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Thread: A word of Warning regarding Chains

  1. #11
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    Is China Inc. Counterfeiting 630 drive chains? Ship a million bucks of knockoff to hell with the danger?
    Is the chain you bought the bottom of the line offering? There's has always been a marked increase in service life with price in my experience.

    My friend who swears by his trusty scot oiler broke a chain and case last fall. Almost got killed.
    1983 GS 550 LD
    2009 BMW K1300s

  2. #12
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    Roller chain? Why on earth would you put a plain ole regular roller chain on? They don't last for crap even lubed.
    MrBill Been a GSR member on and off since April 2002
    1980 GS 750E Bought new in Feb of 1980
    2015 CAN AM RTS


    Stuff I've done to my bike 1100E front end with new Sonic springs, 1100E swing arm conversion with new Progressive shocks installed, 530 sprockets/chain conversion, new SS brake lines, new brake pads. New SS fasteners through out. Rebuilt carbs, new EBC clutch springs and horn installed. New paint. Motor runs strong.

  3. #13
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    Years ago 37 I was perusing my roommates Engineering Material text a resource for mech. Engineers.
    Among the vast and varied charts specs of real world off the shelf components was a section on roller chain.

    I looked up the power rating of standard 530 chain and was amazed that my bikes bhp was far in excess of what standard chain could adequately service.

    This 630 you bought is the lowest offering daido makes.
    1983 GS 550 LD
    2009 BMW K1300s

  4. #14
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    I had a master link fail on me once. That was the last time I used a master link chain.

    Quote Originally Posted by mrbill5491 View Post
    Roller chain? Why on earth would you put a plain ole regular roller chain on? They don't last for crap even lubed.
    And they are loud!! I made that mistake once, bought it because it was cheap. False economy since it lasted less than the rear tire did.
    Currently bikeless
    '81 GS 1100EX - "Peace, by superior fire power."
    '06 FZ1000 - "What we are dealing with here, is a COMPLETE lack of respect for the law."

    I ride, therefore I am.... constantly buying new tires.

    "Tell me what kind of an accident you are going to have, and I will tell you which helmet to wear." - Harry Hurt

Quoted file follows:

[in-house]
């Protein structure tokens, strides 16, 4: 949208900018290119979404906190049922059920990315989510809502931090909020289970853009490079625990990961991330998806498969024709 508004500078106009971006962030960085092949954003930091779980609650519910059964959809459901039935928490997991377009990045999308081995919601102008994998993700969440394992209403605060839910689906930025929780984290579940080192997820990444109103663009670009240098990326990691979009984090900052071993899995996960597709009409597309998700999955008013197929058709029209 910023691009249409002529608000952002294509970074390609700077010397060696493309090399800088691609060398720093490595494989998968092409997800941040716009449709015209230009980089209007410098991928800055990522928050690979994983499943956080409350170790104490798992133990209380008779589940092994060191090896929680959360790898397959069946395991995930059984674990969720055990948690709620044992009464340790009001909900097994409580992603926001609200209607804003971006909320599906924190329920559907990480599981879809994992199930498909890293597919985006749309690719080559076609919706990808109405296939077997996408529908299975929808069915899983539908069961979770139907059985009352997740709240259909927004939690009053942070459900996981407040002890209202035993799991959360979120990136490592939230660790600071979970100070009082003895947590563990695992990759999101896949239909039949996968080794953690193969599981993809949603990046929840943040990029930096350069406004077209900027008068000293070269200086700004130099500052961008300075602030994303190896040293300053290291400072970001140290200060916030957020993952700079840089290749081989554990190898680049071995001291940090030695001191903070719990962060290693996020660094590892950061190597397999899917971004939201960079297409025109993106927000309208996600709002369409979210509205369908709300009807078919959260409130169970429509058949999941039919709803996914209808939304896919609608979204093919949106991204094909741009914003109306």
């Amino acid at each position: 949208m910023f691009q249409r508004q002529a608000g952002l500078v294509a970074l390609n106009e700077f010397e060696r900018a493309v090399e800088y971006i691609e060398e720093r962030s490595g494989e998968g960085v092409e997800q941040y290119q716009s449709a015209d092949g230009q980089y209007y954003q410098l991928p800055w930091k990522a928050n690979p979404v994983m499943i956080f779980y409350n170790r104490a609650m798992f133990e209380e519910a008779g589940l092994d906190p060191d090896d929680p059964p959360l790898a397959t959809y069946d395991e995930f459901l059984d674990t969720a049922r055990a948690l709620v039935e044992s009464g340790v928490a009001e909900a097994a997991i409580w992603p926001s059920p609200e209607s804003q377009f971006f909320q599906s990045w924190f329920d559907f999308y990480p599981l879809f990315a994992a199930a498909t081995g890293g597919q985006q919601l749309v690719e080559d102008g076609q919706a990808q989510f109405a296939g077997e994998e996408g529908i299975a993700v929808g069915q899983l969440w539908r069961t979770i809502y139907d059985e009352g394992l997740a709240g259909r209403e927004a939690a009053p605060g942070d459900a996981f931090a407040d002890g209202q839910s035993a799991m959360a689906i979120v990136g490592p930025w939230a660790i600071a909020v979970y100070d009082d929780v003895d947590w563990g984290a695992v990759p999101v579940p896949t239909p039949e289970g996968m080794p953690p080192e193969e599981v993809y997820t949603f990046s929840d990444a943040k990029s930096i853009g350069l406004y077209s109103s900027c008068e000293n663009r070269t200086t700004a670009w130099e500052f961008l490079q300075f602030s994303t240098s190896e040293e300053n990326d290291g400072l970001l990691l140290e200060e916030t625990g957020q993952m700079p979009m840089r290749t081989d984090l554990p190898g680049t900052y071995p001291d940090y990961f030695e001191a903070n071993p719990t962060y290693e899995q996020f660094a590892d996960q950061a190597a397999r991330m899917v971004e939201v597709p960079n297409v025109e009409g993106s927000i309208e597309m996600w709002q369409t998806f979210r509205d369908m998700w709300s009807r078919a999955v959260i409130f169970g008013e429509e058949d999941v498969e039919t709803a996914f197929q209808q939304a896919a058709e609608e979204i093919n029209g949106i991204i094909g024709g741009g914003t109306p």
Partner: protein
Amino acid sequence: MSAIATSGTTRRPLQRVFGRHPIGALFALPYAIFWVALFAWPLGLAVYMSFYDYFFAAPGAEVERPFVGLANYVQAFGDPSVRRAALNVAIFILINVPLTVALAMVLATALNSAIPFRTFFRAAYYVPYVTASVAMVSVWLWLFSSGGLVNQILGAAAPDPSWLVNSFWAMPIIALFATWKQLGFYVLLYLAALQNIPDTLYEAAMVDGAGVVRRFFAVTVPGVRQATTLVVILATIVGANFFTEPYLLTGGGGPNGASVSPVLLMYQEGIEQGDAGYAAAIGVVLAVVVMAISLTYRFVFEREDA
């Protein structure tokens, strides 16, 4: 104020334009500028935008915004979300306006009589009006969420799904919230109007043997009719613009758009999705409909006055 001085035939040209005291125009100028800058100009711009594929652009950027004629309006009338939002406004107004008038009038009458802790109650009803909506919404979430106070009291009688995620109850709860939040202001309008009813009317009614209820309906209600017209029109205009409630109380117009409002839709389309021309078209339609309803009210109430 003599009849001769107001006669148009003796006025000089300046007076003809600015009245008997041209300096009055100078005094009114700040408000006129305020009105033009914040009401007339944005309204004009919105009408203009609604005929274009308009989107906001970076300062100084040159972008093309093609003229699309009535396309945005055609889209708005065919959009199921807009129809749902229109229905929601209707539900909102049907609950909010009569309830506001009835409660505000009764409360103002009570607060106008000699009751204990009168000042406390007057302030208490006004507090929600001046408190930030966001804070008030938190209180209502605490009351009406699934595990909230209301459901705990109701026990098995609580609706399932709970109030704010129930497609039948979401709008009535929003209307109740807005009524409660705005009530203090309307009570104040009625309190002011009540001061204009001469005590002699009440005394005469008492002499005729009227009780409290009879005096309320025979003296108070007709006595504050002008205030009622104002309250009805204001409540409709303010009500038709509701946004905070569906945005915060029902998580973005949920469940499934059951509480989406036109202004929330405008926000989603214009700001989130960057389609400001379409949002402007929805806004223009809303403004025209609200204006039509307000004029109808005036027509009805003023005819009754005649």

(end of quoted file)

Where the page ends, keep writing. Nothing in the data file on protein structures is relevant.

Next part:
5. #15
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    Quote Originally Posted by mrbill5491 View Post
    Roller chain? Why on earth would you put a plain ole regular roller chain on? They don't last for crap even lubed.
    This right here. Roller chain is NOT appropriate for motorcycles in any way, shape, or form. It's an industrial product intended only for use in constantly lubricated low-speed applications.

    OP got very lucky that the aftermath wasn't worse.

    This pops up on ADVrider fairly often; someone thinks they've found a cheat code for saving money, and reasoning that if roller chain works on my bicycle, why not my motorcycle...? I don't need no fancy-schmancy o-rings... it never works out; even if the chain doesn't fail, it rarely lasts more than a few hundred miles.


    FWIW, the cheap Chinese o-ring chains and sprockets infesting fleaBay and scAmazon are also a very dangerous false economy. Over on the V-Strom and other forums, for example, there are reports of outright failures.


    Buy ONLY name brand o-ring or x-ring chains and sprockets manufactured in a first world country from trustworthy suppliers. For example, JT sprockets are made in Taiwan and are very high quality. Sunstar are also excellent and I think made in Japan. (However, JT and Sunstar branded chain isn't great.) Most of the best chains are made in Japan; I'm partial to EK, but there are several other good brands like DID, RK, and Regina.

    "House brand" chains from some retailers can be a mixed bag; proceed with extreme caution. Primary Drive chains and sprockets from Rocky Mountain ATV/MC are excellent quality and a screaming bargain for KLR owners, but the cheap stuff peddled at Cycle Gear under the Orbis name is mostly pretty bad.